It's clear to us that in the long run, the shift to distributed work will be as significant as a shift to mobile or the shift to cloud. We see an even greater opportunity to improve the remote work experience by helping our users organize their work and home lives. And by truly living our mission as a Virtual First company, we believe we're on the leading edge of developing the tools our users need for the new world.

 

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I don’t own this, but from an income statement POV it looks interesting. Gross’s margins are 80% and they have shown substantial operating leverage and achieved GAAP profitability as well. Their stated goal is to generate $1B in FCF, which makes it cheap with a ~7.7B market cap (based on a $18.5 stock price).

 

Then on the other hand, their product (cloud Storage  and some newer add on apps like Hellosign, Vault) seems overpriced at $120 year, considering you can buy an MS Office subscription with some free 1TB in cloud storage thrown in for less.

 

They do seems to be able to get new paying customers from their pool of ~500M users who have the freemium version. It is conceivable they can continue to convert a small percentage of freemium users into paying ones every year and make a nice living off that.

 

I would like to have some eyes on this and learn what people think.

 

I did a dive into the smaller cloud players last summer. IMO DBX has the least attractive. My firm just moved all of our information to the cloud pre-covid and we had decided to go with BOX mainly because of the encryption and financial services certification for regulatory reasons. MSFT, Google, and DBX couldn't give us the proper certifications that would reassure us that we were in compliance. BOX is amazing the user interface and search capabilities are incredible. Moving from a private network to the cloud was seamless and really easy just took some time. As a small player, I think that is where BOX can separate itself from the pack.

 

3 years ago I was mad at Apple and decided to switch to Samsung Galaxy. My MAC had broken the year prior and I had bought the Surface Pro as a replacement (also a boycott of Apple). The problem I had when I switched phones was that all my contacts were backed up to iCloud and was a nightmare backing them up to One Drive. I had moved all my photos to One Drive. So when i got my new phone I had 0 contacts and really realized the importance of having a cloud storage that is not linked to your phone so that your Data is portable. On my new phone I tested calendar and contacts for both Google Cloud and One Drive. I found for calendars and contacts Google was far superior. MSFT would double up birthdays and if I added events on my phone it wouldn't flow through to outlook calendar on my computer. I had similar issues with contacts where I would make changes and they wouldn't show up. I decided to use google strictly for contacts and the free Terabite from my office subscription on photos. Not having IMessage was the only reason I decided to go back to the iPhone and having all my contacts on google and photos on One Drive made the switch back seamless.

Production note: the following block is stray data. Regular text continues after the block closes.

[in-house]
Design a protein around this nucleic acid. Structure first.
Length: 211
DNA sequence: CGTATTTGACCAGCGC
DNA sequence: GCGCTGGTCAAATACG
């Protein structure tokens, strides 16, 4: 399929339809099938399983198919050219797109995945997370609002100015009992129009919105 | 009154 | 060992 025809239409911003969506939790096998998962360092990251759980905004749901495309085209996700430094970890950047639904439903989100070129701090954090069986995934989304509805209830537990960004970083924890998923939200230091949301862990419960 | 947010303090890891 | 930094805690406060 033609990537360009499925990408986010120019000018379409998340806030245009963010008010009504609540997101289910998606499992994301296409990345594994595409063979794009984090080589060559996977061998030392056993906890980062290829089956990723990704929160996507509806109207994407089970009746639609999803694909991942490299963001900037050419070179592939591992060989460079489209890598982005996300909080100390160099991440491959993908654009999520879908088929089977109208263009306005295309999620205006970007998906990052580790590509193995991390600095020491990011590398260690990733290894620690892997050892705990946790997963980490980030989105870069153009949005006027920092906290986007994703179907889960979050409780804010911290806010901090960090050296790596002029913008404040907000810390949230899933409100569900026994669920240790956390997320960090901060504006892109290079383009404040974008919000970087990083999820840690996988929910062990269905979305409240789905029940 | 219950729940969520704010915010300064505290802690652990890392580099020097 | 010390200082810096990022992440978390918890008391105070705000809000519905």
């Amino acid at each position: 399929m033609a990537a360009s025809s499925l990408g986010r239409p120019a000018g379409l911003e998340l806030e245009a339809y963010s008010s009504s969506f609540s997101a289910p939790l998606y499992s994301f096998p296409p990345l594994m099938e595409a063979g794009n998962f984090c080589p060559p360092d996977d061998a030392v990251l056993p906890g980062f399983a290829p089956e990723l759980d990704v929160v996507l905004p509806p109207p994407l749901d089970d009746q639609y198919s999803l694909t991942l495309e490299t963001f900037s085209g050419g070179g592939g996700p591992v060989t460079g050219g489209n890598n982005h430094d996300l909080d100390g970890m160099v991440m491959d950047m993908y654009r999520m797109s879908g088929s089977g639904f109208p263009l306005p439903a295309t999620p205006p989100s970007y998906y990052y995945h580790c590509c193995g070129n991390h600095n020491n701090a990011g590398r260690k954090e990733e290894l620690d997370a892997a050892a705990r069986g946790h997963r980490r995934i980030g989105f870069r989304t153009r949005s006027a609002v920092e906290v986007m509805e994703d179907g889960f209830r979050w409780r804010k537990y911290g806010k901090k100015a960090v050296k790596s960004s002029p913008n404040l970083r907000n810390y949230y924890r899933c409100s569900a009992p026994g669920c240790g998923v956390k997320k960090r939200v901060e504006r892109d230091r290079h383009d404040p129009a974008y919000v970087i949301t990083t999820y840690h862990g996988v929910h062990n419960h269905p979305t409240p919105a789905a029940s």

In short, I don't see the niche that DBX can support. Everyone knows that AWS, Azure, and GCP are the bigger players and large firms gravitate towards them. For individuals, it's easy to send and share documents on Google Drive or through One Drive. Box IMO can support firms that have higher regulatory needs as they have marketed themselves. I don't see DBX helping on an individual basis and don't see what added value they can provide to large firms. While 1B in FCF sounds nice I don't see the path to reach it nor do I agree with the management projections. The overall TAM is growing and fast they might be able to maintain their market share but I think growing it will be a different story. If they can at least maintain they might be a good take-out candidate but I think the risks outweigh the rewards here.

 

But would be interested to see what bulls think..

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The Sprucepoint presentation illustrates the bear case pretty well. I also agree that DBX doesn’t have an offering that is interesting for most larger companies. I think smaller companies/organizations and individuals are the main paying users and compared to competing products, their offering seems overpriced, at least if you only use it for cloud storage.

 

I don’t own this and most likely never will, it went into the too hard pile.